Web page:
Remoteness that characterised a sad decline
Tuesday 31 December 1996
Perhaps Lord Weinstock is just being a little more honest than his peers in disclosing this apparent lapse. Most busy executives rarely have time to visit the factory floor. Certain of them have actually made a virtue of it. Lord White, the late chairman of Hanson America, liked to boast that in all his years at Hanson he had never visited any of the businesses he controlled. Indeed he would have regarded it as a failure to have done so, for to visit a business is only to allow yourself to be polluted by excuses as to why things cannot be done. Much better, he always used to say, just to set a target and hold management to it.
Though he wouldn't put it in quite that way, this was plainly Lord Weinstock's way too. He ran his company via a book of numbers, a set of "ratios and statistics". As a way of keeping his company out of financial danger, and of delivering solid, if unspectacular, value to shareholders, it plainly worked. But there is also arrogance and a certain bankruptcy of leadership in a managing director who thinks it not necessary to visit his places of production. Such management remoteness from the workplace may not have been a cause of Britain's post-war industrial decline, but it certainly seems reasonable to see it as symptomatic.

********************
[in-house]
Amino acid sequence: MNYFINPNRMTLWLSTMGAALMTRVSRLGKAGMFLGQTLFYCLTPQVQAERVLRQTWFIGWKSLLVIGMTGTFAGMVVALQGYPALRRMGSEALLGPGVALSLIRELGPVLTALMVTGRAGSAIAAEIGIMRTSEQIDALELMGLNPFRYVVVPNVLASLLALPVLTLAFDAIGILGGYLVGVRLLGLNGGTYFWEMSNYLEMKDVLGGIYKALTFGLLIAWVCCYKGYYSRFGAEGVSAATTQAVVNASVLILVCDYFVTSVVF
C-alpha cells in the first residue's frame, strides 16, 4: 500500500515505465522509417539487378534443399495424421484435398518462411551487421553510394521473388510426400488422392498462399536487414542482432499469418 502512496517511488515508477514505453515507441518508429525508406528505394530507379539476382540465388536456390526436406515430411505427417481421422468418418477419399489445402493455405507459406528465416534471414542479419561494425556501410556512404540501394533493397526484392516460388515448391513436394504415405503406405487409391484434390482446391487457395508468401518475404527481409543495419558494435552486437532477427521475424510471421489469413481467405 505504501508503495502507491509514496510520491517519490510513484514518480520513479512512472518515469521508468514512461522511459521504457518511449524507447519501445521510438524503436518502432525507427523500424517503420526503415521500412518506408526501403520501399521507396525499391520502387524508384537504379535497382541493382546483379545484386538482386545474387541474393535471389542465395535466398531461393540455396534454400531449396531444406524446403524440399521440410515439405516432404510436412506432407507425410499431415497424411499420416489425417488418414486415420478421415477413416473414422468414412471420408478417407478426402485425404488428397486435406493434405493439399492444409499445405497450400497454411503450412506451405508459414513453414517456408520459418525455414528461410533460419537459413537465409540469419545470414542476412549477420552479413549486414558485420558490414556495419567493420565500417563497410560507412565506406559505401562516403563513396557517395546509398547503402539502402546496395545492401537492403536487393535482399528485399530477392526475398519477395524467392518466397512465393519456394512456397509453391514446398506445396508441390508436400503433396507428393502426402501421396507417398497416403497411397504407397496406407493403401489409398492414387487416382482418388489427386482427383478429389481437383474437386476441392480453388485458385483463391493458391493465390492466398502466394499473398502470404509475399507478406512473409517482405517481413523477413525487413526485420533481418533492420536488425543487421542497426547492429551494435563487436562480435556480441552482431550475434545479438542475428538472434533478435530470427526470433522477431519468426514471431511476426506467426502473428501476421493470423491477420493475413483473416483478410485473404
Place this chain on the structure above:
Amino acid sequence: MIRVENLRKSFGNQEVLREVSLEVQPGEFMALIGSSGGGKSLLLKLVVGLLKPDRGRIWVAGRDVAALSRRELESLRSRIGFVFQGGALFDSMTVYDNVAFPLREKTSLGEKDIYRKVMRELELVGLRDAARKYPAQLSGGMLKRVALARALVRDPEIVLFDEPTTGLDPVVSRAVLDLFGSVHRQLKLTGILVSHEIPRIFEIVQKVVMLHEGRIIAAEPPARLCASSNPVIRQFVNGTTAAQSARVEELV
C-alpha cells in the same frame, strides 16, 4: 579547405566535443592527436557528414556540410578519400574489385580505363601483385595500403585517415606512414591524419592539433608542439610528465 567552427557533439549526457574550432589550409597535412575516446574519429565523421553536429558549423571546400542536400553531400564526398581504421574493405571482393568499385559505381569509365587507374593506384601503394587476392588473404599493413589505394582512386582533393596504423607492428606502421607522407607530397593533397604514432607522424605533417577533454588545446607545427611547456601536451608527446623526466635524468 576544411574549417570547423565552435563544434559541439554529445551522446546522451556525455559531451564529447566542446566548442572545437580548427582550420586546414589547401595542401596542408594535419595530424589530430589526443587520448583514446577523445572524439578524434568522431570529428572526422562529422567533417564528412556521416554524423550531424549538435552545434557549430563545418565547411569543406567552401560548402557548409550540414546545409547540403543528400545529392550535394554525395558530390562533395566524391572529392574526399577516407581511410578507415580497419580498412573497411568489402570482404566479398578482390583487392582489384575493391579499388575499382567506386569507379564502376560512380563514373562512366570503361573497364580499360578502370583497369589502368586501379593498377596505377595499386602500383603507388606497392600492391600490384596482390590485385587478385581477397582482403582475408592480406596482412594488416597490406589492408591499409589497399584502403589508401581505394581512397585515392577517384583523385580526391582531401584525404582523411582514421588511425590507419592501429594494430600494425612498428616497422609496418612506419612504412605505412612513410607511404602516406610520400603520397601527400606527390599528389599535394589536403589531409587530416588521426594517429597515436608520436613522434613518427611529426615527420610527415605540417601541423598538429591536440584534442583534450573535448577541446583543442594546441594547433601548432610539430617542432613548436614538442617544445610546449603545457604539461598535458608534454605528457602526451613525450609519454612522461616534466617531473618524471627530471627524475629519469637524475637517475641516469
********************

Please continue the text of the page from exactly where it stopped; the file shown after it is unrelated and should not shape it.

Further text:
Of course it is not possible for a man in Lord Weinstock's position to get round all his factories. But to visit none? The secret of good management in a large group of companies is not so very different from that of a small company, most successful entrepreneurs will tell you. It is to be involved with the product and the people who make it and sell it, to demand the impossible and to instill in employees that sense of enthusiasm and purpose that helps them meet those demands. Is that really possible from a darkened room in Stanhope Gate? Of course it isn't. Let's hope George Simpson, Lord Weinstock's successor, visits a few more factories.
Sorrell on target for millions
When Martin Sorrell's breath-takingly rich pay package at WPP was finally approved in June last year, after some adjustment by outraged institutional shareholders, the company said it was very unlikely the full amount would ever be paid. The targets were just too demanding, said both Mr Sorrell and the chairman of the remuneration committee.
Eighteen months on they don't look quite so demanding. The WPP share price topped 250p yesterday, well above the 230p target price that delivers Mr Sorrell his pounds 3.6m initial payout, not counting his already princely salary, bonuses, pensions and the like. Sure, the shares have to maintain their target levels for 60 consecutive days, and yes, the company must outperform the market, but both requirements look within reach.
Mr Sorrell has to hit 265p to get the next tranche of shares and then 304p by September 1999 to get the full whack of about pounds 27m, of which pounds 14m at least will be in the form of free shares.